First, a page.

Interpreting Presley’s behavior much differently than Juror Tim from earlier parts of the series, Bessent said the only time Presley showed remorse was during the opening statements of the trial and he felt it was all very rehearsed. He also said he saw Presley smirk at Green’s sister during the bond modification hearing not long after the shooting and that Presley showed immense arrogance during questioning by ADA Bridges.
Bessent also said the increased security during the trial, the police K9s, and additional resources were confusing to him, as they are not standard for other murder trials. He said he thought it was strange that the Sheriff was present for portions of the trial toward the end of the week as well and both he and Knight thought it was wrong that the Presley family was escorted out of the courthouse but the Green family was not. “There are no findings of of ours that there were threats on social media against the Presleys,” Bessent shared. “Authorities may have had some things we didn’t, though.”
The Unfinished Justice: Kingsland, Ga series began after a juror, referred to as Tim, reached out following a column published on the sentencing of Presley. The multi-part coverage of the trial from Tim’s perspective is what led both the Presley family and Bessent and Knight to share their stories as well.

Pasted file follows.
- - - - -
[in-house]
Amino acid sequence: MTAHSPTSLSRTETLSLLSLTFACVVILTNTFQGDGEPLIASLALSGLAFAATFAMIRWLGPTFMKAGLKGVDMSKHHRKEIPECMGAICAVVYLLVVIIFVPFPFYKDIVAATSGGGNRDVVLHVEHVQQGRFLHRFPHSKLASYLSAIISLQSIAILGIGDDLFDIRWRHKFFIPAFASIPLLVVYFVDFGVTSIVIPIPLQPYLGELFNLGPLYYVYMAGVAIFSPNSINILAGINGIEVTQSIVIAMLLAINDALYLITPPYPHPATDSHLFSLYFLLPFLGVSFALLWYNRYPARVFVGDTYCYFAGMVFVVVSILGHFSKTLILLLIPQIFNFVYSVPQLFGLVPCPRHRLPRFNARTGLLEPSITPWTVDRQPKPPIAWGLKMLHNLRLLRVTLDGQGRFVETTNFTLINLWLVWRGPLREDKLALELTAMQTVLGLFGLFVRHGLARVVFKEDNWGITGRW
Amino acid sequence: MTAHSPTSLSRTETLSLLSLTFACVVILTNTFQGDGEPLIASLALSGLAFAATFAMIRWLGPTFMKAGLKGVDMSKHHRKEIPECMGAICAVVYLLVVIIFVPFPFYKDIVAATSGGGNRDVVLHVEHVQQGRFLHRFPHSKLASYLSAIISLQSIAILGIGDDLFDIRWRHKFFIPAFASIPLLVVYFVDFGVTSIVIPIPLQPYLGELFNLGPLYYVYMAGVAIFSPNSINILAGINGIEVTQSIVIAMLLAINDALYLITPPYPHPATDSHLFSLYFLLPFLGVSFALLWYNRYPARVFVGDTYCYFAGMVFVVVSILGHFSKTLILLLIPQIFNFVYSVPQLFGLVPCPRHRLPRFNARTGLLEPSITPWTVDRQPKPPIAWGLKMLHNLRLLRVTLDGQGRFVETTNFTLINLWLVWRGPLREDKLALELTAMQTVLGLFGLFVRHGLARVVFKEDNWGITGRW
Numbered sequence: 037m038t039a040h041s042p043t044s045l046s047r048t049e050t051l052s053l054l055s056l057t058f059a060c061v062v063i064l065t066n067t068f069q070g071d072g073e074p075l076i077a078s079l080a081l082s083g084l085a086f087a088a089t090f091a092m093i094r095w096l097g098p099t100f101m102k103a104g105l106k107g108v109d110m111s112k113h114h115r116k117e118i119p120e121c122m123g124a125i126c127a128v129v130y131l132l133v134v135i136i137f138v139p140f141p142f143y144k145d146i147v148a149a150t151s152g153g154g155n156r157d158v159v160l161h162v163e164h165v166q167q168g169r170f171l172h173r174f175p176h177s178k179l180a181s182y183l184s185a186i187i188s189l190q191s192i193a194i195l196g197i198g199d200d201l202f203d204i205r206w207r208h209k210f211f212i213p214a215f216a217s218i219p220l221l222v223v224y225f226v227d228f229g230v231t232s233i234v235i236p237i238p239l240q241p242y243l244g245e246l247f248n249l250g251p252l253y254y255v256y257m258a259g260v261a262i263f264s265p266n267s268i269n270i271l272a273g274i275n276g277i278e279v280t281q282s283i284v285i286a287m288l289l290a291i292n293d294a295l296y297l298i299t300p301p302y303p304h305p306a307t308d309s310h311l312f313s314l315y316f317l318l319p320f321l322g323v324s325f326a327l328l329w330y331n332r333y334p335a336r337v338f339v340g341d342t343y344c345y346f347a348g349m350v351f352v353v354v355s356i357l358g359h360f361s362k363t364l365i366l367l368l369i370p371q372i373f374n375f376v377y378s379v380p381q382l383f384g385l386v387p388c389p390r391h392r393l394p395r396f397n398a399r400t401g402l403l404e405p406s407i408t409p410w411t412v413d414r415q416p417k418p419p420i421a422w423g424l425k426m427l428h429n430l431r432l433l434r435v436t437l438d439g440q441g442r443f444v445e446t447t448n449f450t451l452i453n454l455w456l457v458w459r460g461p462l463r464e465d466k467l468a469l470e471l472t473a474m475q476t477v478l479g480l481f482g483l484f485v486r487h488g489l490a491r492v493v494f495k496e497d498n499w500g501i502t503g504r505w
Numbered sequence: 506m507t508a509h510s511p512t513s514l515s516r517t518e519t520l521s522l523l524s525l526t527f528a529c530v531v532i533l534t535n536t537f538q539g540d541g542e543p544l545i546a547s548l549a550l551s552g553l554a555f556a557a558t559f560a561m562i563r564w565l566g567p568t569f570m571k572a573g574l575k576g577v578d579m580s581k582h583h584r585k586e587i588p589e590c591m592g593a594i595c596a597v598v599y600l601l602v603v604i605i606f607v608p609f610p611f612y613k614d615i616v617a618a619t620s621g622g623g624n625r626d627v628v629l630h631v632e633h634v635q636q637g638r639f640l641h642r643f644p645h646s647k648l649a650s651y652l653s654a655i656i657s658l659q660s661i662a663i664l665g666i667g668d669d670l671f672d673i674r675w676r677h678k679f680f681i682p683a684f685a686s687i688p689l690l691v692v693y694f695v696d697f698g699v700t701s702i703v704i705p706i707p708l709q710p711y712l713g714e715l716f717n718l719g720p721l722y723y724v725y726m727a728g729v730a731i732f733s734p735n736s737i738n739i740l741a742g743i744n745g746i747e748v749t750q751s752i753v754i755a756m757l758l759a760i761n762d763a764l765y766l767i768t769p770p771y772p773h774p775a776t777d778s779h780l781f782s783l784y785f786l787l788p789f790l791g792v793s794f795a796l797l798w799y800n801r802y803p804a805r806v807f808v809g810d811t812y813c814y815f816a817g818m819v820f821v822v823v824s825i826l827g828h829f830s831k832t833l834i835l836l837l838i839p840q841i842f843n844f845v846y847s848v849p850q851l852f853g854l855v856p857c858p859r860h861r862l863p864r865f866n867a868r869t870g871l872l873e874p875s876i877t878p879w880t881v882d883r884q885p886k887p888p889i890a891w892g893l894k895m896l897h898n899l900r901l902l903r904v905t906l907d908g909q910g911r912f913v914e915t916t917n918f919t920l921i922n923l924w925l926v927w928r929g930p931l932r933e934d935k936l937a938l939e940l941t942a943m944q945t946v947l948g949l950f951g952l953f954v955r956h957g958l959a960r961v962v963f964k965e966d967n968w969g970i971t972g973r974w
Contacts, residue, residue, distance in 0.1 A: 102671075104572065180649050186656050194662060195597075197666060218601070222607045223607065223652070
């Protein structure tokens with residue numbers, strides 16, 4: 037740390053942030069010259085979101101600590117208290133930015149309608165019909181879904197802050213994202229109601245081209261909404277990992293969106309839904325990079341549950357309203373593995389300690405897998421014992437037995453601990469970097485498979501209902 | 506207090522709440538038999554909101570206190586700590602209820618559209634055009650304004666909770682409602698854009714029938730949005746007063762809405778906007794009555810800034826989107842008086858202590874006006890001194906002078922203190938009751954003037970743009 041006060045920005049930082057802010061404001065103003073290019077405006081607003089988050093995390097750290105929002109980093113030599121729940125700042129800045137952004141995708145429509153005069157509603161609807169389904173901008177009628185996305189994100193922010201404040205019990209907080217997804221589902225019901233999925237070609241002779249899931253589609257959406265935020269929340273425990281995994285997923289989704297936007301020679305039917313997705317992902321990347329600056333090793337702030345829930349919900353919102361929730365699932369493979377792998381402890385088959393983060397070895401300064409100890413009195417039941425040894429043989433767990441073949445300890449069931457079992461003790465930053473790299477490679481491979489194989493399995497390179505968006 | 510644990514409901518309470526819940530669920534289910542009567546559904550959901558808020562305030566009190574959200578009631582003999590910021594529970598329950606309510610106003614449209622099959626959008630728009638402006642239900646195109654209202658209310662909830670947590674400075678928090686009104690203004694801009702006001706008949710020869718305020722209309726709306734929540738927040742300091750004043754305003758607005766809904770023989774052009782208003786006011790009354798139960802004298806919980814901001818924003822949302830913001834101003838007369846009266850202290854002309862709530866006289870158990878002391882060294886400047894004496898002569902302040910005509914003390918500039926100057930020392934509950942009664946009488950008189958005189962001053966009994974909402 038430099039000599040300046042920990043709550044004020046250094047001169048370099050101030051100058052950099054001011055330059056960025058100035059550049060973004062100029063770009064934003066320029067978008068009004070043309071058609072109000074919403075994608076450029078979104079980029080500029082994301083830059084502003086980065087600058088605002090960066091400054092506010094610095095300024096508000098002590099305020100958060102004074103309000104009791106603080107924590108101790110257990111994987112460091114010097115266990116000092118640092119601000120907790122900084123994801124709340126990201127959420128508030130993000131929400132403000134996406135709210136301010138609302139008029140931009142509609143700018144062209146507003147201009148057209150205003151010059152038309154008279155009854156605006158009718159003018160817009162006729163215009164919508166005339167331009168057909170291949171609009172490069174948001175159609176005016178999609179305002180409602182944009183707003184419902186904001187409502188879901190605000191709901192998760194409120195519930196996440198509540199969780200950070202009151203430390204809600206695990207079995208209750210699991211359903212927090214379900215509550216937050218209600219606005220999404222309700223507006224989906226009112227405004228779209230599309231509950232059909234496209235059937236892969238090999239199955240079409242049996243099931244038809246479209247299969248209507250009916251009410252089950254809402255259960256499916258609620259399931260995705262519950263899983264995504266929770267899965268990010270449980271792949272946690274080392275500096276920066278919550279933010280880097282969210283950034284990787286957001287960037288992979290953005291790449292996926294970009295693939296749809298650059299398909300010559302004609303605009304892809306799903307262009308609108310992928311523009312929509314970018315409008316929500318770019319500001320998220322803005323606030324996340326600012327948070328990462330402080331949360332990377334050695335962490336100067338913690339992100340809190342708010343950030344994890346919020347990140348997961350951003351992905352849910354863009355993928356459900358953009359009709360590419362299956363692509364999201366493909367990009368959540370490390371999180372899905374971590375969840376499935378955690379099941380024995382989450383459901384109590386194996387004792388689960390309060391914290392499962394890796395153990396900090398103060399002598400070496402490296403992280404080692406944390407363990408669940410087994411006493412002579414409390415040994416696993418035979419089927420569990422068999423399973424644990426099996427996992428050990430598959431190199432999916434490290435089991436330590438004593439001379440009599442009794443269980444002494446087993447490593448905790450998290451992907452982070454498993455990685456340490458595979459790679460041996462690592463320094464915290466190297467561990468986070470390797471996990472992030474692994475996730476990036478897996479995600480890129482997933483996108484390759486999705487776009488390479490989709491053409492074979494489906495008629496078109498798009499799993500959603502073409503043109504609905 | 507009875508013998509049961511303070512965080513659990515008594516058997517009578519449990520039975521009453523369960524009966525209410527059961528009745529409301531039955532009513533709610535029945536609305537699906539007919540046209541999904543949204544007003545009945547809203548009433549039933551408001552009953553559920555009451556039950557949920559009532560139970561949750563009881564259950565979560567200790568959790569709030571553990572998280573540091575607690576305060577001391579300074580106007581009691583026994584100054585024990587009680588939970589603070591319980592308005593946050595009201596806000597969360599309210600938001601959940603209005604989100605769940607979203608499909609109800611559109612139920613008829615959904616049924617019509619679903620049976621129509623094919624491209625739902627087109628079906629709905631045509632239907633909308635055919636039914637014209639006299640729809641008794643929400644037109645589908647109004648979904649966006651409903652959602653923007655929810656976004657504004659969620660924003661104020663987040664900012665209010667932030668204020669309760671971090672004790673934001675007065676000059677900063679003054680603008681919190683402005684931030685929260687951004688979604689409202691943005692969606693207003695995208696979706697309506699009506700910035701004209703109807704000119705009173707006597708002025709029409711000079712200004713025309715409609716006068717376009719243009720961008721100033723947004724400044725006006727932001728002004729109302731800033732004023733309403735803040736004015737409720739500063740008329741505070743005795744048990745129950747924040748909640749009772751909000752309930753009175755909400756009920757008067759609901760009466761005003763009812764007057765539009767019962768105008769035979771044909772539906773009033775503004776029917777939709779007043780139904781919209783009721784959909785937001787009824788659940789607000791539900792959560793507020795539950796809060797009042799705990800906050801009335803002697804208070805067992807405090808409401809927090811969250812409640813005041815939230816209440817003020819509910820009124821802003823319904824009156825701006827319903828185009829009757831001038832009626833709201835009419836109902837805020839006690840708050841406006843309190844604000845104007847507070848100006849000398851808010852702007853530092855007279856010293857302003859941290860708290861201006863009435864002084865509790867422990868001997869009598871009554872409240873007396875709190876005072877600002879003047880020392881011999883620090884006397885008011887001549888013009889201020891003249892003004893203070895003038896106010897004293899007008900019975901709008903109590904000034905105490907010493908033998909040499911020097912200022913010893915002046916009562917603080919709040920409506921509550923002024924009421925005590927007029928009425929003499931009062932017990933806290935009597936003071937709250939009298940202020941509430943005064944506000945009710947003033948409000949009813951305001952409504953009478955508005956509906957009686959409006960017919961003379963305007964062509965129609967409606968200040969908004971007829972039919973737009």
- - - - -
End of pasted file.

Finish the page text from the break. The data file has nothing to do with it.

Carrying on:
Bessent says Tim, who shared his story after the trial, is to blame for a number of hiccups at trial. First, he says Tim was wrong to share any of the case information with his wife, referring to Tim and his wife’s social media search for the bakery of the later dismissed. Bessent said Tim’s acknowledgment of the social media search should have led him to be excused from duty, not Juror #15. .
Bessent also opposes how Tim handled reporting an issue he – and two other jurors – were privy to during deliberations to the judge. All three jurors penned notes to the judge explaining different events, but Bessent says those notes should have gone through the jury foreman for signature under the rules of the court before they were given to the judge. The issue, however, is that Tim and the other two jurors were reaching out the judge about the jury foreperson, who was ultimately excused from duty. Both Bessent and Knight say the judge mishandled the conduct by the jurors.